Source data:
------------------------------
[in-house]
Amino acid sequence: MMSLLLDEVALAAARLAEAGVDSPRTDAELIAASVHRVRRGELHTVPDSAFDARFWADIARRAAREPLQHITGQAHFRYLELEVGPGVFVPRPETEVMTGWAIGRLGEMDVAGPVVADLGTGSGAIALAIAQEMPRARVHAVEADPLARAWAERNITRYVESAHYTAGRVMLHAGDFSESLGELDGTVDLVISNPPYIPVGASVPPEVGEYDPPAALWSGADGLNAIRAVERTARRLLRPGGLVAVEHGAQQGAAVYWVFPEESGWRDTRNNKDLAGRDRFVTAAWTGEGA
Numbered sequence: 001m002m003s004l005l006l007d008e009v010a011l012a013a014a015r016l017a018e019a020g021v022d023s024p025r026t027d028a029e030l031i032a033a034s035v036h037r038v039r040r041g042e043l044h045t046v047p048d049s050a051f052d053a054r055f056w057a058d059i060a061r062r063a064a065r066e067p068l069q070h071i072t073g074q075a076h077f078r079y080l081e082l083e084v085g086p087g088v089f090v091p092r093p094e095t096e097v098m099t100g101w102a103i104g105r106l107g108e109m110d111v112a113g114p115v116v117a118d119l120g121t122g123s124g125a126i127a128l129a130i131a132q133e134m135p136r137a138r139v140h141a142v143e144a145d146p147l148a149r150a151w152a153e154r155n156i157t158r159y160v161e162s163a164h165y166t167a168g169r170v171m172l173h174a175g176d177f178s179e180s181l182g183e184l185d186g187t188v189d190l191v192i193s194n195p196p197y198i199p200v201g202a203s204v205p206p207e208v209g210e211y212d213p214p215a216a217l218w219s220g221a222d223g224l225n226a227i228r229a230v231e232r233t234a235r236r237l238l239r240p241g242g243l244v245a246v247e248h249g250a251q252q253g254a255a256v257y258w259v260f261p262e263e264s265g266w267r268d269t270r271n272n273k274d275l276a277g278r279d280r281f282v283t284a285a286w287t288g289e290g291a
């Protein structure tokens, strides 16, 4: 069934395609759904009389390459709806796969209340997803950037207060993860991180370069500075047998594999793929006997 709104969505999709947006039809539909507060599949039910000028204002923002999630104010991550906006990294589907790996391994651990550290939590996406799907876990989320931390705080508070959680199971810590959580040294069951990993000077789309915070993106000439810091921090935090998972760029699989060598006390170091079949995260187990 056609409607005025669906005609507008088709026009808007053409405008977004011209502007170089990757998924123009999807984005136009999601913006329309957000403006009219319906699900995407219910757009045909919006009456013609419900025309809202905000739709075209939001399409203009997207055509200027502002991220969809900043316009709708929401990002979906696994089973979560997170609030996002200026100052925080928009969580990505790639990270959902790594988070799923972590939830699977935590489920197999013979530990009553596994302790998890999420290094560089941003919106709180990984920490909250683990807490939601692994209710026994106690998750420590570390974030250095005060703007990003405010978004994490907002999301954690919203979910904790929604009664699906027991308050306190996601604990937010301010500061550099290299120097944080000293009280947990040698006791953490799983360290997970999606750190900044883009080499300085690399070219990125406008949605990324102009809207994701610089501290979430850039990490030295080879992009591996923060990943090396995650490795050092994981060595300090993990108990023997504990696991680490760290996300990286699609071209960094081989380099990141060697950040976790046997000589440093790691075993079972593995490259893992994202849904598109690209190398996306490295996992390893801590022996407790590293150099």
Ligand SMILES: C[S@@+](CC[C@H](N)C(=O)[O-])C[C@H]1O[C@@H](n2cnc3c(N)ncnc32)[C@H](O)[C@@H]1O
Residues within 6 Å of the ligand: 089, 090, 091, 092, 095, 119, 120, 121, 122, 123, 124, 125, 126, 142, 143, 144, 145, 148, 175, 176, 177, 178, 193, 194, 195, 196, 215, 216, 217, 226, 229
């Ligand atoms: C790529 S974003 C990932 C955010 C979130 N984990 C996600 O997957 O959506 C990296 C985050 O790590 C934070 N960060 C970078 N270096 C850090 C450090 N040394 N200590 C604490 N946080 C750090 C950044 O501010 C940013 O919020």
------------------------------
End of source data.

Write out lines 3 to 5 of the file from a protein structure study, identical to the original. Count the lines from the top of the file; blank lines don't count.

Numbered sequence: 001m002m003s004l005l006l007d008e009v010a011l012a013a014a015r016l017a018e019a020g021v022d023s024p025r026t027d028a029e030l031i032a033a034s035v036h037r038v039r040r041g042e043l044h045t046v047p048d049s050a051f052d053a054r055f056w057a058d059i060a061r062r063a064a065r066e067p068l069q070h071i072t073g074q075a076h077f078r079y080l081e082l083e084v085g086p087g088v089f090v091p092r093p094e095t096e097v098m099t100g101w102a103i104g105r106l107g108e109m110d111v112a113g114p115v116v117a118d119l120g121t122g123s124g125a126i127a128l129a130i131a132q133e134m135p136r137a138r139v140h141a142v143e144a145d146p147l148a149r150a151w152a153e154r155n156i157t158r159y160v161e162s163a164h165y166t167a168g169r170v171m172l173h174a175g176d177f178s179e180s181l182g183e184l185d186g187t188v189d190l191v192i193s194n195p196p197y198i199p200v201g202a203s204v205p206p207e208v209g210e211y212d213p214p215a216a217l218w219s220g221a222d223g224l225n226a227i228r229a230v231e232r233t234a235r236r237l238l239r240p241g242g243l244v245a246v247e248h249g250a251q252q253g254a255a256v257y258w259v260f261p262e263e264s265g266w267r268d269t270r271n272n273k274d275l276a277g278r279d280r281f282v283t284a285a286w287t288g289e290g291a
């Protein structure tokens, strides 16, 4: 069934395609759904009389390459709806796969209340997803950037207060993860991180370069500075047998594999793929006997 709104969505999709947006039809539909507060599949039910000028204002923002999630104010991550906006990294589907790996391994651990550290939590996406799907876990989320931390705080508070959680199971810590959580040294069951990993000077789309915070993106000439810091921090935090998972760029699989060598006390170091079949995260187990 056609409607005025669906005609507008088709026009808007053409405008977004011209502007170089990757998924123009999807984005136009999601913006329309957000403006009219319906699900995407219910757009045909919006009456013609419900025309809202905000739709075209939001399409203009997207055509200027502002991220969809900043316009709708929401990002979906696994089973979560997170609030996002200026100052925080928009969580990505790639990270959902790594988070799923972590939830699977935590489920197999013979530990009553596994302790998890999420290094560089941003919106709180990984920490909250683990807490939601692994209710026994106690998750420590570390974030250095005060703007990003405010978004994490907002999301954690919203979910904790929604009664699906027991308050306190996601604990937010301010500061550099290299120097944080000293009280947990040698006791953490799983360290997970999606750190900044883009080499300085690399070219990125406008949605990324102009809207994701610089501290979430850039990490030295080879992009591996923060990943090396995650490795050092994981060595300090993990108990023997504990696991680490760290996300990286699609071209960094081989380099990141060697950040976790046997000589440093790691075993079972593995490259893992994202849904598109690209190398996306490295996992390893801590022996407790590293150099």
Ligand SMILES: C[S@@+](CC[C@H](N)C(=O)[O-])C[C@H]1O[C@@H](n2cnc3c(N)ncnc32)[C@H](O)[C@@H]1O